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Tim McNamara
Tim McNamara

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Programming is tribal, find your people

I used to think deciding on a programming language was a technical decision. It's not. It's a social one.

Some communities are hostile to new ideas. Others are so welcoming of new ideas that it scares traditionalists away. Some communities are sponsored by corporations, others are staunchly independent. Over time, communities form of like-minded people.

Once you've begun programming for fun, you should spend some time thinking about the kind of community you want to associate with before you are too committed.


What do I mean? Well, here are some (probably biased and unfair) examples:


Rust is an incredible technology. But it's also a social experiment in creating an ecosystem that is supportive and inclusive. That is embodied most prominently in its slogan that starts with the phrase "Empowering everyone".


Although it's been around since the early 1990s, C++ events adopted a Code of Conduct in 2017. In my experience, C++ programmers can tend to think of behave with a more serious, more industrial tone. I don't expect to see a unicorn emoji at a C++ conference.

Languages you've never heard of

If you decide to participate in a smaller, niche community, expect to find people who are wildly passionate, but also fairly unorthodox. By definition, they've decided that the mainstream isn't. There are thousands of language communities out there.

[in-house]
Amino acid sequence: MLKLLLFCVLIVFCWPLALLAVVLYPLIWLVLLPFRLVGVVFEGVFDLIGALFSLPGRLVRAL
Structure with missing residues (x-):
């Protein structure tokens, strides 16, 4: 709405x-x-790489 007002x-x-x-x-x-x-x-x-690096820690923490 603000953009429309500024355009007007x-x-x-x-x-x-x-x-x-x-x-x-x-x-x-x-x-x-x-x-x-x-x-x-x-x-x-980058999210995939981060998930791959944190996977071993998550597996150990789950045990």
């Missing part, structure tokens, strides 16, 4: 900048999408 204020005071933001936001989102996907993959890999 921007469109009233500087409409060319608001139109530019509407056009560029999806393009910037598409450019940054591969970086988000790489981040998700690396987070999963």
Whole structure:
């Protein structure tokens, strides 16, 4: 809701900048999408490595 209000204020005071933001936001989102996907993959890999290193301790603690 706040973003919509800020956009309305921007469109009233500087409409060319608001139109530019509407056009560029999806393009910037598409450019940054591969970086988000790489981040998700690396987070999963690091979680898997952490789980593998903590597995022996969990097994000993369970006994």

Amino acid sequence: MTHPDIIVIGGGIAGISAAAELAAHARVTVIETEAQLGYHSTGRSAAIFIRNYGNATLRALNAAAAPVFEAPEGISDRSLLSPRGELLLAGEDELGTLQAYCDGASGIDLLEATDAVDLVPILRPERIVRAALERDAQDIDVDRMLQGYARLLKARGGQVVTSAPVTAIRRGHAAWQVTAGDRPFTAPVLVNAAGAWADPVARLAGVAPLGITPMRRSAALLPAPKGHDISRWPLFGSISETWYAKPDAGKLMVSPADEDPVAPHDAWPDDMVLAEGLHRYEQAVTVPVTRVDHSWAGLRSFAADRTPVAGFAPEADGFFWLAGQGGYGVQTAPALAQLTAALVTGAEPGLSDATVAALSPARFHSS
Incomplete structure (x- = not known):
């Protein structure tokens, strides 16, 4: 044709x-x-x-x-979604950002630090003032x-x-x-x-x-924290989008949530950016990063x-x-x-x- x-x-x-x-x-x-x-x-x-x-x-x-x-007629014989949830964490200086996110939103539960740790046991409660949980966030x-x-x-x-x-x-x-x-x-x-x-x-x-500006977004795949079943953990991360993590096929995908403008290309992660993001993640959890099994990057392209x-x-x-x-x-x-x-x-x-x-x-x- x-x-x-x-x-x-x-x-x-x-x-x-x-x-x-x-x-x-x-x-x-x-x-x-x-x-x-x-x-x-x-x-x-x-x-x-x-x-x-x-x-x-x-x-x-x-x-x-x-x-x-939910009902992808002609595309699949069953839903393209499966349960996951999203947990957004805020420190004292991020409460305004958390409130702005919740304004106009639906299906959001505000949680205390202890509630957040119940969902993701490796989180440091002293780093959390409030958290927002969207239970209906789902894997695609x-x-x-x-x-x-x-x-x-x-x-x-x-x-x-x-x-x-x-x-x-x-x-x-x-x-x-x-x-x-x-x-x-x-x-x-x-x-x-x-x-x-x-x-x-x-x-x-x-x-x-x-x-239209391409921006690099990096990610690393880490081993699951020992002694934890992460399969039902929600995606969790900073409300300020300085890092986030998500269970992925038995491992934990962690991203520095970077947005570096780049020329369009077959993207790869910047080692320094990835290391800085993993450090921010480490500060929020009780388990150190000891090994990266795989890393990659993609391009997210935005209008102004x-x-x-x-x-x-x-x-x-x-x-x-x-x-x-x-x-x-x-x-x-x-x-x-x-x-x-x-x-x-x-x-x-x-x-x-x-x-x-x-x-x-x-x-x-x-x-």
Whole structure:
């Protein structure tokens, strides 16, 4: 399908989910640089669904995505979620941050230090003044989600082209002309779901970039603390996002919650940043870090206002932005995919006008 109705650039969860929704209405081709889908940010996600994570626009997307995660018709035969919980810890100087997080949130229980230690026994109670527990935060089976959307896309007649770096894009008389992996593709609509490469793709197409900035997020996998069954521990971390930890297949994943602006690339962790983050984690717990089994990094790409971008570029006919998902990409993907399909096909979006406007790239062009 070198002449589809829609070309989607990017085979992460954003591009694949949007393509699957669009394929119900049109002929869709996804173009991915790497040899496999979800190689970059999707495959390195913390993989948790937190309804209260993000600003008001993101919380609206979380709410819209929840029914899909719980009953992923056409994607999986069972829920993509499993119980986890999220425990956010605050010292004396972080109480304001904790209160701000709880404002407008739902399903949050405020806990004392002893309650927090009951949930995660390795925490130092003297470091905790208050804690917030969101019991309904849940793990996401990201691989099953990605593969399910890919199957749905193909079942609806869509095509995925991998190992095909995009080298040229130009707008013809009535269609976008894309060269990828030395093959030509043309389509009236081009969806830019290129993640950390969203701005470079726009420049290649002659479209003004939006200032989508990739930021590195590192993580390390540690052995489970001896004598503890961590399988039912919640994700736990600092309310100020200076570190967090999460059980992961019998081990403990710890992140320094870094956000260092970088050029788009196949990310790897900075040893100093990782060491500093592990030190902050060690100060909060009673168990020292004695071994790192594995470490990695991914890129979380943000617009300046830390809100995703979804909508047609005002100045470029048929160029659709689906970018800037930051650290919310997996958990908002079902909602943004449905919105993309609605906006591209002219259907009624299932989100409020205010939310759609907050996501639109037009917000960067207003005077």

I am particularly fond of a language called Dylan. It seems like it was cursed by destiny. The people there are incredibly talented and welcoming. There's just not that many of them.

What language to choose?

Understand who your people are. You should find a language with syntax and semantics you don't hate, then lurk around until you find the community that clicks for you. For example, if you're choosing between R & Python for data science work, do you want to be surrounded by other statisticians (pick R) or do you want to work with people who are exposed to many ideas (pick Python)?

Some things to look for in a community include:

  • a welcoming front door - if you're a junior programmer, the website should be inviting of newcomers
  • alignment with your values - some technical communities, such as Rust, are explicitly value-driven. Many others are more neutral.
  • a friendly communication style - look through the mailing list archive and lurk in the chat channel for get a feel for how people communicate. If you're unsure, create a fake account and ask a stupid newbie question. Let the tone of the responses guide your decisions.

Cover image by Alejandro Alvarez/Unsplash

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